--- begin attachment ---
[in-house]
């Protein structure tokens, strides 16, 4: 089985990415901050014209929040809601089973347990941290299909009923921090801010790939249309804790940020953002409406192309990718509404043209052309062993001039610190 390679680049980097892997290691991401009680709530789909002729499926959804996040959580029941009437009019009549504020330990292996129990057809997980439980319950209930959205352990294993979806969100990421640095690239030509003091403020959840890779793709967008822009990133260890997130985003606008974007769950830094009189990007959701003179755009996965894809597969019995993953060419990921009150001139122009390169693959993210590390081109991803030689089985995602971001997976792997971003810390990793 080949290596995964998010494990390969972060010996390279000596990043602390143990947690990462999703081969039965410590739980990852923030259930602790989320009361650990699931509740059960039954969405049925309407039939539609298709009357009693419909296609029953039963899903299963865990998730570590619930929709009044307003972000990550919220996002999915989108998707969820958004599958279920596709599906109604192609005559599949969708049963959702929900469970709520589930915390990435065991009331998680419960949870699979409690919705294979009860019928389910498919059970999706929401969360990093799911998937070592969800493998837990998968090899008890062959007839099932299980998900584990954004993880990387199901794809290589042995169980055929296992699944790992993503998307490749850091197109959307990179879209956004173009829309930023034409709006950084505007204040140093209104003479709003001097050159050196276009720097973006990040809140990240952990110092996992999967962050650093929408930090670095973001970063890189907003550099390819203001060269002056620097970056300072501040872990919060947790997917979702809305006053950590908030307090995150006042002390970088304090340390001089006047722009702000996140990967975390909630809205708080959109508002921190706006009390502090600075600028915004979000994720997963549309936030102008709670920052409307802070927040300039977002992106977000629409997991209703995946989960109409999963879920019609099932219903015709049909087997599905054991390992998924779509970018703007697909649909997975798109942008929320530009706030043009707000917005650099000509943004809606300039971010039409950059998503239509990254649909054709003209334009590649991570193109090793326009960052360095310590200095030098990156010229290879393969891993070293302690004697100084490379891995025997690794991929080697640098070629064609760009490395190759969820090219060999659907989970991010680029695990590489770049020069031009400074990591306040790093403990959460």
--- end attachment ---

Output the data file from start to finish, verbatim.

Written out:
[in-house]
């Protein structure tokens, strides 16, 4: 089985990415901050014209929040809601089973347990941290299909009923921090801010790939249309804790940020953002409406192309990718509404043209052309062993001039610190 390679680049980097892997290691991401009680709530789909002729499926959804996040959580029941009437009019009549504020330990292996129990057809997980439980319950209930959205352990294993979806969100990421640095690239030509003091403020959840890779793709967008822009990133260890997130985003606008974007769950830094009189990007959701003179755009996965894809597969019995993953060419990921009150001139122009390169693959993210590390081109991803030689089985995602971001997976792997971003810390990793 080949290596995964998010494990390969972060010996390279000596990043602390143990947690990462999703081969039965410590739980990852923030259930602790989320009361650990699931509740059960039954969405049925309407039939539609298709009357009693419909296609029953039963899903299963865990998730570590619930929709009044307003972000990550919220996002999915989108998707969820958004599958279920596709599906109604192609005559599949969708049963959702929900469970709520589930915390990435065991009331998680419960949870699979409690919705294979009860019928389910498919059970999706929401969360990093799911998937070592969800493998837990998968090899008890062959007839099932299980998900584990954004993880990387199901794809290589042995169980055929296992699944790992993503998307490749850091197109959307990179879209956004173009829309930023034409709006950084505007204040140093209104003479709003001097050159050196276009720097973006990040809140990240952990110092996992999967962050650093929408930090670095973001970063890189907003550099390819203001060269002056620097970056300072501040872990919060947790997917979702809305006053950590908030307090995150006042002390970088304090340390001089006047722009702000996140990967975390909630809205708080959109508002921190706006009390502090600075600028915004979000994720997963549309936030102008709670920052409307802070927040300039977002992106977000629409997991209703995946989960109409999963879920019609099932219903015709049909087997599905054991390992998924779509970018703007697909649909997975798109942008929320530009706030043009707000917005650099000509943004809606300039971010039409950059998503239509990254649909054709003209334009590649991570193109090793326009960052360095310590200095030098990156010229290879393969891993070293302690004697100084490379891995025997690794991929080697640098070629064609760009490395190759969820090219060999659907989970991010680029695990590489770049020069031009400074990591306040790093403990959460």